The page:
"It's no different than anybody else that does it, it's not a national holiday guys," he muttered when asked for his reaction to Junior's win after a four year dry spell. Stewart did however pay tribute to Goodyear for making the last minute decision to change tyres.
"It was a hard decision to make," he said. "There were a lot of guys that worked really hard yesterday just getting the tires inside the track. They had to load them in the back of pickup trucks because they didn't get here before qualifying started. They were trucking in tires, literally in the back of pick-ups, to get them in ... Without those guys' effort, we would not have had the show that we had today."
Matt Kenseth ended up working his way into third place over the final stint, and admitted that it had been hard work. "It was kind of a long day. We were pretty good in the beginning of the race and got shuffled back and it was tough to work traffic today. They got the setup good on the last two runs and had good pit stops and we were able to stand on the gas and work our way up there to third."
Biffle held on to fourth place ahead of Johnson, Gordon, Bowyer and Montoya, with pole sitter Marcos Ambrose ending the race in ninth ahead of Kevin Harvick.
“I am a little disappointed because we couldn't run the car as hard as we needed to," said Biffle. "The right rear kept coming apart on us. I could only run it as hard as I could."
"We were coming," said Johnson. "We were really flying. And then I blistered the right rear again and had to just hang on and let some guys go. And then I ran out of fuel going into turn 3 and coasted around and made it to the finish line."
"I knew something happened in that last run," said Gordon, who found heavy blistering on his right rear tyre after the race finished. "We took off and it was really good; and boy, it just went away fast. It got really, really loose."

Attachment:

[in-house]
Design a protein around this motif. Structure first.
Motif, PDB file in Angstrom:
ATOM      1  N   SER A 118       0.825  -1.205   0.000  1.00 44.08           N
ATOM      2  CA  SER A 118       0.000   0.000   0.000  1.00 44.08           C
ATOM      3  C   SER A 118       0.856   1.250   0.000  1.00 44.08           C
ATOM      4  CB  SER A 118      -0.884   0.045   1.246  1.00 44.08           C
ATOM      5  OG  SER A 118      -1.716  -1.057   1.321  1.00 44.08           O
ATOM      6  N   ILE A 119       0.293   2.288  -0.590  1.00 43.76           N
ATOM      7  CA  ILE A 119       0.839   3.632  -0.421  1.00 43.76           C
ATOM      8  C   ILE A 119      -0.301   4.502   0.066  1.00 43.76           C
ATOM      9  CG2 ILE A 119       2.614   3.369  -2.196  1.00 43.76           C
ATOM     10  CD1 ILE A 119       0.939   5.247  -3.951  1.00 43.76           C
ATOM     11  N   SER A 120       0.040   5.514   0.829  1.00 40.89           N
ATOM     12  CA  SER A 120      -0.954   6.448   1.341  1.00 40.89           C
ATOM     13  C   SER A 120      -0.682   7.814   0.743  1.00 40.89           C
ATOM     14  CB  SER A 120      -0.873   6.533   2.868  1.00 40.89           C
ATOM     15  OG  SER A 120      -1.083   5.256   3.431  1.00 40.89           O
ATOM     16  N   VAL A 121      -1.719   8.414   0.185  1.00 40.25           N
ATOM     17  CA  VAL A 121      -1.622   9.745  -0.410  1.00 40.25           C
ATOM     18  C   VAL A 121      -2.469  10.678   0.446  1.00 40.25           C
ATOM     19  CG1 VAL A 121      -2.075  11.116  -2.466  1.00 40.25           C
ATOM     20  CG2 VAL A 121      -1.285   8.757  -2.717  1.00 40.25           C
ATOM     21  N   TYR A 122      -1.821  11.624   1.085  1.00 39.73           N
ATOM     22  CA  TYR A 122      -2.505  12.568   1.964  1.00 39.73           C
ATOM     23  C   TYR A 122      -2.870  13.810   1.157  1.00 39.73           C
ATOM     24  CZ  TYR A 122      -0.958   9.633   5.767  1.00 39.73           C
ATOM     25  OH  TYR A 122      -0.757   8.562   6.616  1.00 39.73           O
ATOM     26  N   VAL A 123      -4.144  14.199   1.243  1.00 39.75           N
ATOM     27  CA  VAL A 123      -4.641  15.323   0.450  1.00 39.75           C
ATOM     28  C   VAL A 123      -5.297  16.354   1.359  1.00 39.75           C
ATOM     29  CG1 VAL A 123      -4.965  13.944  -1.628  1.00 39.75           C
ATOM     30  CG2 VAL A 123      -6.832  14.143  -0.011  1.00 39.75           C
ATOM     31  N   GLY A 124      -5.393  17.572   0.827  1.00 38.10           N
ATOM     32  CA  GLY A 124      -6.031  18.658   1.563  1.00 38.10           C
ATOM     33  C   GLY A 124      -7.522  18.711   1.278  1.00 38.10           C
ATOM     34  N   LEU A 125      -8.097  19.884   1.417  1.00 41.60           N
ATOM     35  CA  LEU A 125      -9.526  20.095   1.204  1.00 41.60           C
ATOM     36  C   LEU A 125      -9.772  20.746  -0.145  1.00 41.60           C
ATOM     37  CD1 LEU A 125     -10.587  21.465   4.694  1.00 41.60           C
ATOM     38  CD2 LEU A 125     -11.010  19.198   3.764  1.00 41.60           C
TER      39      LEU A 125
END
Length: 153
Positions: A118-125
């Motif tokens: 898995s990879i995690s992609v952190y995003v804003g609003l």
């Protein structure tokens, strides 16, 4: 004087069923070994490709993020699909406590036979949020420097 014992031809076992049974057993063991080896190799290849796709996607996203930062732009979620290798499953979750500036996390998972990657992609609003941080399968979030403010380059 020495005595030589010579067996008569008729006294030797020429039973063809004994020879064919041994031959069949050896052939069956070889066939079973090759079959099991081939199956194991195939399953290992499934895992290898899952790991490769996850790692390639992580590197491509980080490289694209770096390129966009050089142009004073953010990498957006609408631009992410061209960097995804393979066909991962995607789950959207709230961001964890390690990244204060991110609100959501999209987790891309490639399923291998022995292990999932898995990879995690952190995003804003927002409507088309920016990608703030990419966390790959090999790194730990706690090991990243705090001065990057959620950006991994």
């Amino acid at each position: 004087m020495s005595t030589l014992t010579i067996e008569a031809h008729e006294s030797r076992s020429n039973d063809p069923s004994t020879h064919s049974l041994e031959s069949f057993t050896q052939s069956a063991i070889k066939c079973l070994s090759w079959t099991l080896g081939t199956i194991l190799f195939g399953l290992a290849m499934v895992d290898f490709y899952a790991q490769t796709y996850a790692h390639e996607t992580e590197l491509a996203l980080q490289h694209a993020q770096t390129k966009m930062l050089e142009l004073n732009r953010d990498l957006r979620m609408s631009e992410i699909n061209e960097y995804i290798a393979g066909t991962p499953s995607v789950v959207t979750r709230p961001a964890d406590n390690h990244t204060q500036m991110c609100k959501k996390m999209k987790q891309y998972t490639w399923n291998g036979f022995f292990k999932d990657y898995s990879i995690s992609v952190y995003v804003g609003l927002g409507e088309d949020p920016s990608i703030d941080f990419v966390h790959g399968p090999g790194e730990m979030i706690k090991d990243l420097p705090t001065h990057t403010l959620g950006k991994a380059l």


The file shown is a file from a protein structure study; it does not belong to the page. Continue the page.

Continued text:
"Our team has a lot of potential and today we showed a little bit of what we can do," said Montoya after his best finish of 2012 to date. "I think we still have a lot of work to do, but I'm happy, really happy ... I will tell you the truth, yesterday when they changed tyres I was really worried!"
"We will take the top ten, but we had a great car today and we lost a little bit of track position and it hurt us there," contributed Ambrose. "We led some laps and looked good up there. It was a strong day for us, not quite what we wanted, but we will take it and move along to Sonoma."
Carl Edwards ended up just outside the top ten, having started the race dead last after fuel pressure problems during qualifying on Saturday. Even so, he admitted that: "I am not very happy with the end result. I thought our [Ford] was one of the fastest cars here.
"We were just too loose all day. I am talking loose. That is as hard as I can drive and Bob and I just didn't pick the right set up for the race. We didn't expect it to be that loose. It wasn't a terrible day for some of the fighting and wiggling we were doing out there. It was crazy and I am glad we finished in one piece and got a decent day."
But the day's headlines and spotlight really belonged to the man who was - finally - celebrating again in victory lane.
"We've got this victory bell that I get to take around for the first time since we built it. I plan to ring that thing all over the complex," said Dale Earnhardt Jr. "I'm going to ring that damn thing as hard as I can."Full race results